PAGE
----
Given that many among the population most served with DBT have been subject to severe trauma, DBT starts with whatever challenges the client presents with, and seeks to find new meanings within old frameworks, creating synthesis from thesis and antithesis.

In DBT, the therapist utilizes contrasting skills -- sometimes coaching, sometimes the devil’s advocate position, and sometimes radical acceptance. Clinicians understand trauma and that all of us are capable of extremes. Therapists accompany clients as they learn to manage uproars and soothe other difficult feelings that can emerge suddenly, or out of the blue.

DBT shows clients that change takes something. It’s rarely a cup of tea. Sometimes you have to do the exact opposite of what your strongest urge wants to do. DBT assumes the client is capable, not fragile, and fully capable of change; but also assumes that, until awareness and skills are practiced and internalized, failures can occur. DBT skills are taught to ensure clients don’t make a bad situation worse.

Clients discover that, even if they didn’t cause their intolerable circumstances, they have to live with them. They can try to solve their problems, look at them differently, radically accept them as they are, or stay miserable.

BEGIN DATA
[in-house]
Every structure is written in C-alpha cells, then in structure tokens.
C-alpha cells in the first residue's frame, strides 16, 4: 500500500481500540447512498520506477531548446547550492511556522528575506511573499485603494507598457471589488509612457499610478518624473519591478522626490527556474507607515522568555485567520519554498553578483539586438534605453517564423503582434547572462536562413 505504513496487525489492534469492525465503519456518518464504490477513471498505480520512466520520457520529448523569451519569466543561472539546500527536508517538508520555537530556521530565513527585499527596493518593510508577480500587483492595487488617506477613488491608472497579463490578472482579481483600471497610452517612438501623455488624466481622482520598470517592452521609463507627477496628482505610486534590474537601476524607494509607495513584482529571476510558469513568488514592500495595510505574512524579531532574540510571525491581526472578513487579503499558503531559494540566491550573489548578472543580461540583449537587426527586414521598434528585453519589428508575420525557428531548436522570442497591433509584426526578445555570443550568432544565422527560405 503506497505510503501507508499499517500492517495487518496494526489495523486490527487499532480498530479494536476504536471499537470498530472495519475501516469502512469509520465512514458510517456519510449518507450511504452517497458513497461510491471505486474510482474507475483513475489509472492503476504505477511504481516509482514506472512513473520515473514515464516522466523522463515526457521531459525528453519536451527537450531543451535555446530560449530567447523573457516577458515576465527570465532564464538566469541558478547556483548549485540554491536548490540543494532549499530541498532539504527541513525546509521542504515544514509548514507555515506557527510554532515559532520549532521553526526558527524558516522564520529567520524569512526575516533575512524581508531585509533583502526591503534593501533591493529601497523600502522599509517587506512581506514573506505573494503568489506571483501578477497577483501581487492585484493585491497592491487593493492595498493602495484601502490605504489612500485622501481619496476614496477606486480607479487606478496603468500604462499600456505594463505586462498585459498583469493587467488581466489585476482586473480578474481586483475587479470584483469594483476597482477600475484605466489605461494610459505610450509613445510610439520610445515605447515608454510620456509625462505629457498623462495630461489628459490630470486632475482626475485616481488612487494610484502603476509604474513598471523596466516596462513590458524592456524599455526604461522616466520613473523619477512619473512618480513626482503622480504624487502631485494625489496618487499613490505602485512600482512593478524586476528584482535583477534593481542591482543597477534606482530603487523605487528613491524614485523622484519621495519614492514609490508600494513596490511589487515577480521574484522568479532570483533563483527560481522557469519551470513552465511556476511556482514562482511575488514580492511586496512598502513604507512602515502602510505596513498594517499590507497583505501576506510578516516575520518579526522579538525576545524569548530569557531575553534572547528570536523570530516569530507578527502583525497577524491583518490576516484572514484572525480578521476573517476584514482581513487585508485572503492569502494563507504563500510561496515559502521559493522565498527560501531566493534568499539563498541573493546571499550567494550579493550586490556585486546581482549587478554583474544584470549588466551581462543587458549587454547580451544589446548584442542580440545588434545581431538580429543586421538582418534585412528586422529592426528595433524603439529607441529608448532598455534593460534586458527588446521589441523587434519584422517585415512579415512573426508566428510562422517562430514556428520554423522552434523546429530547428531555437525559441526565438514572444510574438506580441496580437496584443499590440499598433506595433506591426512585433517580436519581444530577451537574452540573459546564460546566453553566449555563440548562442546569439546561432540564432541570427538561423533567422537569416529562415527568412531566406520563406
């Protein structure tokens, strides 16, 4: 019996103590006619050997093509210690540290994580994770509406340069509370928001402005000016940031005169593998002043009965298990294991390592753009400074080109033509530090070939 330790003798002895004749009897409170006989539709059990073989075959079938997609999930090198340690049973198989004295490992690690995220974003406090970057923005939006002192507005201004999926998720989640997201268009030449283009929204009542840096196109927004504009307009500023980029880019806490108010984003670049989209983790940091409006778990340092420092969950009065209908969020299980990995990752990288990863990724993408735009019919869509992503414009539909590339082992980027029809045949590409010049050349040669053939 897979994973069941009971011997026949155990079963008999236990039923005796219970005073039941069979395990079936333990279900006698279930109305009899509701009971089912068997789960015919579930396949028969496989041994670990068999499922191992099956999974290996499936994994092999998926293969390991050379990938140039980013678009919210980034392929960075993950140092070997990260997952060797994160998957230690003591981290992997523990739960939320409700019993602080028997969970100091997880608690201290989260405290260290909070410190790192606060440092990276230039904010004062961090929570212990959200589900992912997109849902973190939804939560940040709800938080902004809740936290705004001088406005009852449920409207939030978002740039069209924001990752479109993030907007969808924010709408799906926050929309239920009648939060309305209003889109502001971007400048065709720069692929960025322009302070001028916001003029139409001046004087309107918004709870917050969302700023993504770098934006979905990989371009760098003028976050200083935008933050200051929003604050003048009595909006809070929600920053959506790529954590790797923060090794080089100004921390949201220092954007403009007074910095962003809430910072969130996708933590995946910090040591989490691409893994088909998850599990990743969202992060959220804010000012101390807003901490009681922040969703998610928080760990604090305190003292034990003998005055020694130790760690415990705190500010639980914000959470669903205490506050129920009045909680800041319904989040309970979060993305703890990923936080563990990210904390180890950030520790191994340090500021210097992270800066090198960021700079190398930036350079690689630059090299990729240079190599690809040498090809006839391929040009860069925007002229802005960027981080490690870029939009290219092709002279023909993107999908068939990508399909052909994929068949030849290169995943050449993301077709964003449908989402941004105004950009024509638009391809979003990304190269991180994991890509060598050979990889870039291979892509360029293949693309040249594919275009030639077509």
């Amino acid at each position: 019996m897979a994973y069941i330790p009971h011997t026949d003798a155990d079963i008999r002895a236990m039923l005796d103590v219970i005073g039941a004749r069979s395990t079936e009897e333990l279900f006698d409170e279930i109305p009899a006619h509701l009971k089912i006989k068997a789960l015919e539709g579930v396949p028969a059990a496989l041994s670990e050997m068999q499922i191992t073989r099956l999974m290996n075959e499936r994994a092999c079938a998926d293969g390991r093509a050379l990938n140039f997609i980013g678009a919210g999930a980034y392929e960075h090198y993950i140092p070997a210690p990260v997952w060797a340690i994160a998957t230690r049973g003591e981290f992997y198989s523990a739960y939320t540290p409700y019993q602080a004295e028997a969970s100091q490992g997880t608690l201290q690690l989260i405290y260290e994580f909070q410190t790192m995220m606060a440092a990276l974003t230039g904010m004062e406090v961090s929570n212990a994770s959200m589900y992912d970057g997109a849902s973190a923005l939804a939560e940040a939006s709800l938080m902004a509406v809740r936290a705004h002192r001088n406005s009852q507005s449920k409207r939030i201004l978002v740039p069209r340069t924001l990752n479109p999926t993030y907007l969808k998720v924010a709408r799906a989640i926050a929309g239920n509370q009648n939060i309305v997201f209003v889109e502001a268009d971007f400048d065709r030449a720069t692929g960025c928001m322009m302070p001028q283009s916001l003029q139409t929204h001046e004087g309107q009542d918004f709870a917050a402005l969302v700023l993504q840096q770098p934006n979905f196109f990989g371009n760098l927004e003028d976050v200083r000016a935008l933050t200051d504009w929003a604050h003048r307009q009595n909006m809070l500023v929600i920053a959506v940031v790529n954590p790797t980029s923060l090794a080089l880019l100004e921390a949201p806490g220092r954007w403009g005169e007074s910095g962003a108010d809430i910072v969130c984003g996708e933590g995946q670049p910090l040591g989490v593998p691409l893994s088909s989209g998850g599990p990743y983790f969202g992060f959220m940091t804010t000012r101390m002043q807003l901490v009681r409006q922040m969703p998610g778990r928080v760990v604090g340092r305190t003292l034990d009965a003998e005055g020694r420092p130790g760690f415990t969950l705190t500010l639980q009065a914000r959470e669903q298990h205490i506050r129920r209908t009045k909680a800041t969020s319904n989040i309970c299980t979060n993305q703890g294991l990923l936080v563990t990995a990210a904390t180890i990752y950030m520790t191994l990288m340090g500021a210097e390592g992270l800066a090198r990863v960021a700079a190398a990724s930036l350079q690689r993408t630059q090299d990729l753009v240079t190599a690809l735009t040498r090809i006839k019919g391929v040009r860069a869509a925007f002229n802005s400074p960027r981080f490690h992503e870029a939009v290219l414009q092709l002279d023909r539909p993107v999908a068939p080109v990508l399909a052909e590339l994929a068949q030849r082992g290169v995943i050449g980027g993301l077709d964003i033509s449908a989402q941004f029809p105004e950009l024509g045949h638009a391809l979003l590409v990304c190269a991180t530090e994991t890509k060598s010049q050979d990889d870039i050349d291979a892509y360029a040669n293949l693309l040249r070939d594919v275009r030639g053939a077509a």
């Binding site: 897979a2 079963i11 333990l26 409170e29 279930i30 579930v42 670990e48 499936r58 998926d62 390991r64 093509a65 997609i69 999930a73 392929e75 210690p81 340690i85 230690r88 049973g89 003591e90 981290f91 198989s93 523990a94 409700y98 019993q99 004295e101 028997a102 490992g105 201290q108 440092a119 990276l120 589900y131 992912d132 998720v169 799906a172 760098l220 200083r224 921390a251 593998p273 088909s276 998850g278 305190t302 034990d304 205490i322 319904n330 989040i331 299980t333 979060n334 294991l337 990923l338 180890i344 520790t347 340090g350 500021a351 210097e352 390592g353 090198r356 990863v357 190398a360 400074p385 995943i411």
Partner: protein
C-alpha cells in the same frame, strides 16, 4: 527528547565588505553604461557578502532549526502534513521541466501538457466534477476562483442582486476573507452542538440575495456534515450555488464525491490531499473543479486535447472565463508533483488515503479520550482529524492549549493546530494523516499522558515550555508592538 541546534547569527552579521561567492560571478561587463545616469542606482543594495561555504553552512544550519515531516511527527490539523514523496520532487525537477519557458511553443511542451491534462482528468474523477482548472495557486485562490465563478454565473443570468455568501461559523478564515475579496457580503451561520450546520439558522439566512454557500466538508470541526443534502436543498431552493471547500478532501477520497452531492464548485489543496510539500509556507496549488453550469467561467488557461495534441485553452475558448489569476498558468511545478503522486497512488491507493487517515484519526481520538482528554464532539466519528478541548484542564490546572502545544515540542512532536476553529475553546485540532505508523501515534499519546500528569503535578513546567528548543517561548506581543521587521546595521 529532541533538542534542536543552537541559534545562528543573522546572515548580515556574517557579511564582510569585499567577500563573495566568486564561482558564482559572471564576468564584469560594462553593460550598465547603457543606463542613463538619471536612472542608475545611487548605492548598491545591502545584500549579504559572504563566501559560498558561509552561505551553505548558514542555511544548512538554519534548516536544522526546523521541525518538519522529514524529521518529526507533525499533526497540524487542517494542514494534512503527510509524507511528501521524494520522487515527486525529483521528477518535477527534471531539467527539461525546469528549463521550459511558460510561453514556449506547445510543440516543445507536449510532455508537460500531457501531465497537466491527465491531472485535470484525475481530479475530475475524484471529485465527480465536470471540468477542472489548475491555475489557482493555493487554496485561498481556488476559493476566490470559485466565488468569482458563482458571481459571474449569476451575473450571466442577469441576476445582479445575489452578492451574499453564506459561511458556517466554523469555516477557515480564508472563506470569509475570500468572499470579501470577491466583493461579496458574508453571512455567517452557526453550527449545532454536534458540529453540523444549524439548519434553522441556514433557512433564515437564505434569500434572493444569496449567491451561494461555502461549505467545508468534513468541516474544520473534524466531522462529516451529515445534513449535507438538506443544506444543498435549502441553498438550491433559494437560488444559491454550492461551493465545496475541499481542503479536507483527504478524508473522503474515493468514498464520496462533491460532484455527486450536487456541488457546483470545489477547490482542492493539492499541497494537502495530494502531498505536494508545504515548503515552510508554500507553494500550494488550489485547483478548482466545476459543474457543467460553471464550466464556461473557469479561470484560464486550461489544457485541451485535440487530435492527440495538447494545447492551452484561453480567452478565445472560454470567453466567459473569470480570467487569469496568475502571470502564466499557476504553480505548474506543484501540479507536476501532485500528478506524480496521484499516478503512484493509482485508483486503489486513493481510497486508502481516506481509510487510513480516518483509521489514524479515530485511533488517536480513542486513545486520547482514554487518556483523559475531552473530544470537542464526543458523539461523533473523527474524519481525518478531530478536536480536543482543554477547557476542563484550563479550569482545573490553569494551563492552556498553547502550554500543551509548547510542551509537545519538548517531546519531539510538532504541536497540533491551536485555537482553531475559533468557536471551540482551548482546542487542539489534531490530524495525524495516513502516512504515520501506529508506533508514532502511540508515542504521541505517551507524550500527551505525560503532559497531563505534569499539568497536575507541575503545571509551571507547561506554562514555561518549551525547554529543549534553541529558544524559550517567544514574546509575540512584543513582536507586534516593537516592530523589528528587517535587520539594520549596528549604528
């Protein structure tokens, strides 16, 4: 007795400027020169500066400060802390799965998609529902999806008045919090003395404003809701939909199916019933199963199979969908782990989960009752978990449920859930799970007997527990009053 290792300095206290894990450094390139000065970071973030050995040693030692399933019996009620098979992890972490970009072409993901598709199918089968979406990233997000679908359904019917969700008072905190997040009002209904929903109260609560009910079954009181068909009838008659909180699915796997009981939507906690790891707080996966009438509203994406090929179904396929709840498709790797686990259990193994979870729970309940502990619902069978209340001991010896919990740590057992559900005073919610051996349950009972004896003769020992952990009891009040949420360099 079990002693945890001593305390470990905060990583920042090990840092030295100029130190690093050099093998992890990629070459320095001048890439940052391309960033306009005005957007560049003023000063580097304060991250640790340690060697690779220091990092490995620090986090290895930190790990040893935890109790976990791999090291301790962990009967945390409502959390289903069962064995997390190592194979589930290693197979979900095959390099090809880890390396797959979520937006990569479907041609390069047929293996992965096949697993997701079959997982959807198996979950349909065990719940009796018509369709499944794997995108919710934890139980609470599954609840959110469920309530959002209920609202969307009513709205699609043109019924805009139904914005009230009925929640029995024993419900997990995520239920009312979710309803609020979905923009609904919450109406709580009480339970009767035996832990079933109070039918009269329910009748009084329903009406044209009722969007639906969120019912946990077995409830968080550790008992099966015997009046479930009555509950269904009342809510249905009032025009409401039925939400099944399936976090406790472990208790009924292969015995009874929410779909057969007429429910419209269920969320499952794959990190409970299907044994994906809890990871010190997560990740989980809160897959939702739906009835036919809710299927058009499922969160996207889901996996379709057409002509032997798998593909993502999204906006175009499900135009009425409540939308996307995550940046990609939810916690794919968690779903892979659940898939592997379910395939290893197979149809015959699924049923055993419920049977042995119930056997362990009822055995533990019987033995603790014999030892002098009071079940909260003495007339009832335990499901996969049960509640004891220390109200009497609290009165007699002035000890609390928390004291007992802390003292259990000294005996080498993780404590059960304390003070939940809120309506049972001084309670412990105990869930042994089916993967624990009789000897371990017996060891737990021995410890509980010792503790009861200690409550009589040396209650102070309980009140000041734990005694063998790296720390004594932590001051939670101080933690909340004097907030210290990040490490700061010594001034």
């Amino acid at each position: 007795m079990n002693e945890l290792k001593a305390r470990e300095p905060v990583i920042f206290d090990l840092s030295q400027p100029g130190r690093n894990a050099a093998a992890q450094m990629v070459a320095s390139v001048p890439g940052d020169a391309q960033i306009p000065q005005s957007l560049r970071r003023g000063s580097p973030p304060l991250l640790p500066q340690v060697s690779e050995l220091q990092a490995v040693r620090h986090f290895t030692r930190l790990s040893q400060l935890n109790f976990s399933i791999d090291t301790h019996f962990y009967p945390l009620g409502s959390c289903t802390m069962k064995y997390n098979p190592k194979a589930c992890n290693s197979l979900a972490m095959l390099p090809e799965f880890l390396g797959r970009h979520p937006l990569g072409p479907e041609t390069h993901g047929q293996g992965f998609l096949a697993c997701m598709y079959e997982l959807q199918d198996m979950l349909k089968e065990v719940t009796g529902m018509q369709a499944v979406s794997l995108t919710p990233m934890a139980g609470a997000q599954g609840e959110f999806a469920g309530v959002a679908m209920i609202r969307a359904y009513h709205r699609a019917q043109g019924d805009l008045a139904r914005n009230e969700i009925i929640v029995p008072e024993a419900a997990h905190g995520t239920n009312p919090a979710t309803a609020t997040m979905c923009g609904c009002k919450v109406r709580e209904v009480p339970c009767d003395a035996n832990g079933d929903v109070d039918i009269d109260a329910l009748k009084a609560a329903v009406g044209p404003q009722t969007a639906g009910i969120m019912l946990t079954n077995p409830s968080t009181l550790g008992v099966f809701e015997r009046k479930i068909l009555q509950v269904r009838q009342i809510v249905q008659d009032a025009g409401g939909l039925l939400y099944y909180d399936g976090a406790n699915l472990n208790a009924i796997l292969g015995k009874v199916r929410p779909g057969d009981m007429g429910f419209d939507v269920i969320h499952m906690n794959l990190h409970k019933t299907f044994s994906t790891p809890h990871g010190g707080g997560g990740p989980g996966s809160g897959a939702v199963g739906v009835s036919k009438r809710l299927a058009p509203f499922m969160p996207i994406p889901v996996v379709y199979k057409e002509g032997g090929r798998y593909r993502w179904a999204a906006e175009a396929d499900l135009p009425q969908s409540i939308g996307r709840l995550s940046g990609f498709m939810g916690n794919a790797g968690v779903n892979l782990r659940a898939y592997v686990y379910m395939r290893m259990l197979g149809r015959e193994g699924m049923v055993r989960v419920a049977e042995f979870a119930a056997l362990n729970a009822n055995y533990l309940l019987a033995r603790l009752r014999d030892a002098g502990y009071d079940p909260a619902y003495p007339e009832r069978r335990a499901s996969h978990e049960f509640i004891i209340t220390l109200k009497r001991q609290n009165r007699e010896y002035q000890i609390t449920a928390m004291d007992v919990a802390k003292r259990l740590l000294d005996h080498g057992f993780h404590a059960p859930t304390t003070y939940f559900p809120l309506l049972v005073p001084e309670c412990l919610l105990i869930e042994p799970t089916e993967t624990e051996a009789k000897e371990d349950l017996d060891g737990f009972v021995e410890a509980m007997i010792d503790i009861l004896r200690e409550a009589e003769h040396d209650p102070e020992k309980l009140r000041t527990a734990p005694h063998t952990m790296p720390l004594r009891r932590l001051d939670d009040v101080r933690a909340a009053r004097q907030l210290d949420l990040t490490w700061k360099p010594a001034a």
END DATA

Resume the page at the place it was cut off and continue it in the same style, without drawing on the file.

Emotional Regulation, Distress Tolerance, & Interpersonal Effectiveness

DBT works well for those who rampage or fly out of control, with words, deeds, substance use; and emotions; and for those who zoom from a 3 to 4 to a 9 or 10 on the overwhelm/outrage scale, in a split second, and stay there longer than is effective.

Clients seeking DBT may find themselves in constant challenges with others, their finances, their health, their safety, their stability, their careers, school, relationships, and resources. They may find they suffer so much loss, they inhibit grieving, moving from one relentless crisis to another.

While DBT validates that trauma, when untreated, may create chronic states of emotional dysregulation, and that such states may lead to impulsive, dangerous, and ineffective behaviors, it pulls for strength and resilience. It attempts to make lemonade out of lemons.

Biology and Behaviorism

DBT helps clients, partners, and parents shape new behaviors, extinguish ineffective ones, and discern what may be keeping troubling interactions in place.